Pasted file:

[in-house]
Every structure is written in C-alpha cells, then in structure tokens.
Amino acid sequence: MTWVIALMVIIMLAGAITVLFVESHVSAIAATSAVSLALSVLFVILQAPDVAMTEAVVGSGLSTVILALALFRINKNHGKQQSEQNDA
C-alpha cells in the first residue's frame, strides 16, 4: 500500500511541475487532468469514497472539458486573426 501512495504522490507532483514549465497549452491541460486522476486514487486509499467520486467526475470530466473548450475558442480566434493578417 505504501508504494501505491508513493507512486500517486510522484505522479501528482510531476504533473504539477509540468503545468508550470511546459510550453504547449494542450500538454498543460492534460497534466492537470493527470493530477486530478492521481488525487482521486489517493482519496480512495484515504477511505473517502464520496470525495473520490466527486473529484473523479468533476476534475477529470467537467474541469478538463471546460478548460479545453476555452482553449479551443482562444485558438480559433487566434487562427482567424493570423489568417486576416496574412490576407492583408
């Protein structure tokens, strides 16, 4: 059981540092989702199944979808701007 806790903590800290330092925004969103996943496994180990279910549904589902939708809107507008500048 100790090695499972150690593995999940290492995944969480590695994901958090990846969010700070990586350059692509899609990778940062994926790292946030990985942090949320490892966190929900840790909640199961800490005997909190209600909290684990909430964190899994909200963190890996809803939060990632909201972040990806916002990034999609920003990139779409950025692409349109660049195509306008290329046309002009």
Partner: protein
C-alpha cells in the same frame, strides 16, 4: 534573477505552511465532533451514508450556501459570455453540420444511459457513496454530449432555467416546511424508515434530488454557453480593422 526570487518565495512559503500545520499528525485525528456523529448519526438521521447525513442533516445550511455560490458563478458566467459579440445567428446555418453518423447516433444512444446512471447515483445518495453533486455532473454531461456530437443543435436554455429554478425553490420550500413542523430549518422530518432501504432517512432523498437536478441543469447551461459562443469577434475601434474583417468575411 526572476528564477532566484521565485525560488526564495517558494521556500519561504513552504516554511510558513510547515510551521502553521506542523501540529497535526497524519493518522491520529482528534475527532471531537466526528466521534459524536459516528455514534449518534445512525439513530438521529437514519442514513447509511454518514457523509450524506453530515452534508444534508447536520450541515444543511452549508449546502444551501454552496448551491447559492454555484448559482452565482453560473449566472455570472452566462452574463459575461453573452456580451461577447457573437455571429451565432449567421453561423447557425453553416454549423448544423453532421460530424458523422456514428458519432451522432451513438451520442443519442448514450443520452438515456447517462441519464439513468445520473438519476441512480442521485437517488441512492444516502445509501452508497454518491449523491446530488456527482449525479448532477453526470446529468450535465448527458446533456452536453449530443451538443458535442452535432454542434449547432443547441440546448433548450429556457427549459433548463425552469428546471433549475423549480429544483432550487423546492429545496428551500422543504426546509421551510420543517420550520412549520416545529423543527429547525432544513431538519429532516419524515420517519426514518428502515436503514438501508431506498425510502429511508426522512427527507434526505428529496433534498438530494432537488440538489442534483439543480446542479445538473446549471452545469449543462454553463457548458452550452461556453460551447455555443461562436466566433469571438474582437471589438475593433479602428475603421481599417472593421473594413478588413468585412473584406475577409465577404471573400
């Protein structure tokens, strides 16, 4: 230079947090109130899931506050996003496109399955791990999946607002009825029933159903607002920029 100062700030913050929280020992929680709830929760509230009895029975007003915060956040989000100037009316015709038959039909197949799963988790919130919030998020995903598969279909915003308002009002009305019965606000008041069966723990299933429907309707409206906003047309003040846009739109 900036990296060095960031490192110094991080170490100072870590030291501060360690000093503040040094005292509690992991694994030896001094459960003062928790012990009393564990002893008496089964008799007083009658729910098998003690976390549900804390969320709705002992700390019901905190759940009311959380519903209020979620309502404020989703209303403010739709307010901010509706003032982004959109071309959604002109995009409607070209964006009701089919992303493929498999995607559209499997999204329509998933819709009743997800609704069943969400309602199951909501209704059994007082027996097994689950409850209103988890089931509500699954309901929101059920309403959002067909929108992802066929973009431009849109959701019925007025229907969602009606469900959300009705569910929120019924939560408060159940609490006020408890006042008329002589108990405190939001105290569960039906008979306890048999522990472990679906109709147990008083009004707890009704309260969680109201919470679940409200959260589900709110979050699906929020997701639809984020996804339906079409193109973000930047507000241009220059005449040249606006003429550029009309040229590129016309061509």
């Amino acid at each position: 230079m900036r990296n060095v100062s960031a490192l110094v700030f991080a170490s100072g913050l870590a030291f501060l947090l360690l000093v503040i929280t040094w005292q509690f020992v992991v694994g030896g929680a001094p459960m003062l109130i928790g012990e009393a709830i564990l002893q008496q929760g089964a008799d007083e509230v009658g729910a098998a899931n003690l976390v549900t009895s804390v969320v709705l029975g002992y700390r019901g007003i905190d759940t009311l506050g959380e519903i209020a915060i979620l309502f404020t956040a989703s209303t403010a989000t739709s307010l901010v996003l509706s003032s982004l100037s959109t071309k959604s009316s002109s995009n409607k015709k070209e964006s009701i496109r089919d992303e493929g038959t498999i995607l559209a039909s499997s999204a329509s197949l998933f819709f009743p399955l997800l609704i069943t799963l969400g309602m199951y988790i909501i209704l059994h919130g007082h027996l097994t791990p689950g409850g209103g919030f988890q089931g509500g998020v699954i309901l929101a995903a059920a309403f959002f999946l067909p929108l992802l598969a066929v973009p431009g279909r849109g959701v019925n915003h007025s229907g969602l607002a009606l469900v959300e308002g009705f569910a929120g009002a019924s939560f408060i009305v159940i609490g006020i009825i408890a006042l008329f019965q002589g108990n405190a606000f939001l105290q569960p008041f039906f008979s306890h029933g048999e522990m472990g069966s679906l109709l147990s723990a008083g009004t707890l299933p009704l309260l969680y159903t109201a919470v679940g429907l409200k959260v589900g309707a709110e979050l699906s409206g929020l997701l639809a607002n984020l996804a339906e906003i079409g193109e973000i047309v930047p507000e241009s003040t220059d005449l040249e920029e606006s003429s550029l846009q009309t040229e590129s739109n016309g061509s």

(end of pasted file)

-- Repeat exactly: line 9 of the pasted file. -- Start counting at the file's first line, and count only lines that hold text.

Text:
């Amino acid at each position: 230079m900036r990296n060095v100062s960031a490192l110094v700030f991080a170490s100072g913050l870590a030291f501060l947090l360690l000093v503040i929280t040094w005292q509690f020992v992991v694994g030896g929680a001094p459960m003062l109130i928790g012990e009393a709830i564990l002893q008496q929760g089964a008799d007083e509230v009658g729910a098998a899931n003690l976390v549900t009895s804390v969320v709705l029975g002992y700390r019901g007003i905190d759940t009311l506050g959380e519903i209020a915060i979620l309502f404020t956040a989703s209303t403010a989000t739709s307010l901010v996003l509706s003032s982004l100037s959109t071309k959604s009316s002109s995009n409607k015709k070209e964006s009701i496109r089919d992303e493929g038959t498999i995607l559209a039909s499997s999204a329509s197949l998933f819709f009743p399955l997800l609704i069943t799963l969400g309602m199951y988790i909501i209704l059994h919130g007082h027996l097994t791990p689950g409850g209103g919030f988890q089931g509500g998020v699954i309901l929101a995903a059920a309403f959002f999946l067909p929108l992802l598969a066929v973009p431009g279909r849109g959701v019925n915003h007025s229907g969602l607002a009606l469900v959300e308002g009705f569910a929120g009002a019924s939560f408060i009305v159940i609490g006020i009825i408890a006042l008329f019965q002589g108990n405190a606000f939001l105290q569960p008041f039906f008979s306890h029933g048999e522990m472990g069966s679906l109709l147990s723990a008083g009004t707890l299933p009704l309260l969680y159903t109201a919470v679940g429907l409200k959260v589900g309707a709110e979050l699906s409206g929020l997701l639809a607002n984020l996804a339906e906003i079409g193109e973000i047309v930047p507000e241009s003040t220059d005449l040249e920029e606006s003429s550029l846009q009309t040229e590129s739109n016309g061509s």